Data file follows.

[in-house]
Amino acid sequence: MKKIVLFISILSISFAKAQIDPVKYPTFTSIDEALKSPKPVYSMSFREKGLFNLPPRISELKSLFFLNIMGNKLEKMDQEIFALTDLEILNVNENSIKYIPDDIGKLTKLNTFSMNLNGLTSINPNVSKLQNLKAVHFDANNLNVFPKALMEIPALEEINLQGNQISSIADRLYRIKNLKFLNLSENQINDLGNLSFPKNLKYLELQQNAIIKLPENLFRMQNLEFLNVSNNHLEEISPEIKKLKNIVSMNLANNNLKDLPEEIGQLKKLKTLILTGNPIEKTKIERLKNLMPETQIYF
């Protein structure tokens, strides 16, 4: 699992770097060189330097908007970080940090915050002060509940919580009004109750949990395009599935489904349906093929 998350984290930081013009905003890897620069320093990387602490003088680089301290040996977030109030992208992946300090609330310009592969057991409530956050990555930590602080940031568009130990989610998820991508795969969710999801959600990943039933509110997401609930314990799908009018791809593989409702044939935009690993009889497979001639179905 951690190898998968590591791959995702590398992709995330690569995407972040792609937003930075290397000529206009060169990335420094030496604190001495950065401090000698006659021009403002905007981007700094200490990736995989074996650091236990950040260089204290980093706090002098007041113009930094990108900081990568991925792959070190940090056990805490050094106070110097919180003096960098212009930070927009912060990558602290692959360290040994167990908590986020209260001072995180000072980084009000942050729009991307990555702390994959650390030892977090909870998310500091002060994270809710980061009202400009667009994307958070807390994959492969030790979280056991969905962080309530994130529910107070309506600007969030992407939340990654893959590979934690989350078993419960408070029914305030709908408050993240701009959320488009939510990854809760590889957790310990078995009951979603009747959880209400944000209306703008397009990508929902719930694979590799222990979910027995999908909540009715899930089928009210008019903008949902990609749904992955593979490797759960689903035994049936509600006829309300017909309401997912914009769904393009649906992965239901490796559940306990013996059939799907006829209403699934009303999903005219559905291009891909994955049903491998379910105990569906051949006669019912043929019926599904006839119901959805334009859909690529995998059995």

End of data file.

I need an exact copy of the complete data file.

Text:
[in-house]
Amino acid sequence: MKKIVLFISILSISFAKAQIDPVKYPTFTSIDEALKSPKPVYSMSFREKGLFNLPPRISELKSLFFLNIMGNKLEKMDQEIFALTDLEILNVNENSIKYIPDDIGKLTKLNTFSMNLNGLTSINPNVSKLQNLKAVHFDANNLNVFPKALMEIPALEEINLQGNQISSIADRLYRIKNLKFLNLSENQINDLGNLSFPKNLKYLELQQNAIIKLPENLFRMQNLEFLNVSNNHLEEISPEIKKLKNIVSMNLANNNLKDLPEEIGQLKKLKTLILTGNPIEKTKIERLKNLMPETQIYF
């Protein structure tokens, strides 16, 4: 699992770097060189330097908007970080940090915050002060509940919580009004109750949990395009599935489904349906093929 998350984290930081013009905003890897620069320093990387602490003088680089301290040996977030109030992208992946300090609330310009592969057991409530956050990555930590602080940031568009130990989610998820991508795969969710999801959600990943039933509110997401609930314990799908009018791809593989409702044939935009690993009889497979001639179905 951690190898998968590591791959995702590398992709995330690569995407972040792609937003930075290397000529206009060169990335420094030496604190001495950065401090000698006659021009403002905007981007700094200490990736995989074996650091236990950040260089204290980093706090002098007041113009930094990108900081990568991925792959070190940090056990805490050094106070110097919180003096960098212009930070927009912060990558602290692959360290040994167990908590986020209260001072995180000072980084009000942050729009991307990555702390994959650390030892977090909870998310500091002060994270809710980061009202400009667009994307958070807390994959492969030790979280056991969905962080309530994130529910107070309506600007969030992407939340990654893959590979934690989350078993419960408070029914305030709908408050993240701009959320488009939510990854809760590889957790310990078995009951979603009747959880209400944000209306703008397009990508929902719930694979590799222990979910027995999908909540009715899930089928009210008019903008949902990609749904992955593979490797759960689903035994049936509600006829309300017909309401997912914009769904393009649906992965239901490796559940306990013996059939799907006829209403699934009303999903005219559905291009891909994955049903491998379910105990569906051949006669019912043929019926599904006839119901959805334009859909690529995998059995």